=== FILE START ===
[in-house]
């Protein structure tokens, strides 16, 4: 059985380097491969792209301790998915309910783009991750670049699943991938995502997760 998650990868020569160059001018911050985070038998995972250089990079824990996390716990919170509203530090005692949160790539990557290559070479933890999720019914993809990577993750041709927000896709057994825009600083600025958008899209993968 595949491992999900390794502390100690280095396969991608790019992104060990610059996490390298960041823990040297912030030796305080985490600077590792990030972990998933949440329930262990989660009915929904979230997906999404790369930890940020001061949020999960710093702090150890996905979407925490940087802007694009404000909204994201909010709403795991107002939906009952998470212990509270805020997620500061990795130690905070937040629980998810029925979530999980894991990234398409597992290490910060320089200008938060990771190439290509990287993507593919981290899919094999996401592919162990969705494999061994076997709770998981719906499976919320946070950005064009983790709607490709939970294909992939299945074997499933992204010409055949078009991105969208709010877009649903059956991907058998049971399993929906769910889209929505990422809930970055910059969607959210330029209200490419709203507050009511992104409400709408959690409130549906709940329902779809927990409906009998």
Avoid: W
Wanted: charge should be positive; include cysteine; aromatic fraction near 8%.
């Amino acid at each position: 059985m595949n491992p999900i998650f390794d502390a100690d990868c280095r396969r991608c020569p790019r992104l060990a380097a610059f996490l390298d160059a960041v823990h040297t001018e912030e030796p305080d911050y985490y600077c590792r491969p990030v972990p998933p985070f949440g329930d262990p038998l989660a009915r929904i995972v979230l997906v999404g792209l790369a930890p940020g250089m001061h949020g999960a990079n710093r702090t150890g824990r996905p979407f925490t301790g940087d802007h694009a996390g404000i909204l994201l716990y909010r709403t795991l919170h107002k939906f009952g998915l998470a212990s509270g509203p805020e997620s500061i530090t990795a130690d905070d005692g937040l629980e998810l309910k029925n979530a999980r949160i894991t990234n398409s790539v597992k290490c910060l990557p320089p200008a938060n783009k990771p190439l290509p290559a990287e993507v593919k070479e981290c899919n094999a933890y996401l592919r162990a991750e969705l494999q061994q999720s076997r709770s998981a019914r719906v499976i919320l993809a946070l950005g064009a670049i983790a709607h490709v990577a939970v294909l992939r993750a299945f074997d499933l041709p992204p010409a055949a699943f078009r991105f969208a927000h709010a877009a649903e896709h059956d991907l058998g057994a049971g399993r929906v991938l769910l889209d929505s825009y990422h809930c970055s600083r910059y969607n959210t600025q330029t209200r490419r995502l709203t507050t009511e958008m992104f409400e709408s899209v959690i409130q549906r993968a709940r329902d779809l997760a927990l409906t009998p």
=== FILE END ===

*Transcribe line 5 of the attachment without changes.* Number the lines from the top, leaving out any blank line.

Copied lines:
């Amino acid at each position: 059985m595949n491992p999900i998650f390794d502390a100690d990868c280095r396969r991608c020569p790019r992104l060990a380097a610059f996490l390298d160059a960041v823990h040297t001018e912030e030796p305080d911050y985490y600077c590792r491969p990030v972990p998933p985070f949440g329930d262990p038998l989660a009915r929904i995972v979230l997906v999404g792209l790369a930890p940020g250089m001061h949020g999960a990079n710093r702090t150890g824990r996905p979407f925490t301790g940087d802007h694009a996390g404000i909204l994201l716990y909010r709403t795991l919170h107002k939906f009952g998915l998470a212990s509270g509203p805020e997620s500061i530090t990795a130690d905070d005692g937040l629980e998810l309910k029925n979530a999980r949160i894991t990234n398409s790539v597992k290490c910060l990557p320089p200008a938060n783009k990771p190439l290509p290559a990287e993507v593919k070479e981290c899919n094999a933890y996401l592919r162990a991750e969705l494999q061994q999720s076997r709770s998981a019914r719906v499976i919320l993809a946070l950005g064009a670049i983790a709607h490709v990577a939970v294909l992939r993750a299945f074997d499933l041709p992204p010409a055949a699943f078009r991105f969208a927000h709010a877009a649903e896709h059956d991907l058998g057994a049971g399993r929906v991938l769910l889209d929505s825009y990422h809930c970055s600083r910059y969607n959210t600025q330029t209200r490419r995502l709203t507050t009511e958008m992104f409400e709408s899209v959690i409130q549906r993968a709940r329902d779809l997760a927990l409906t009998p």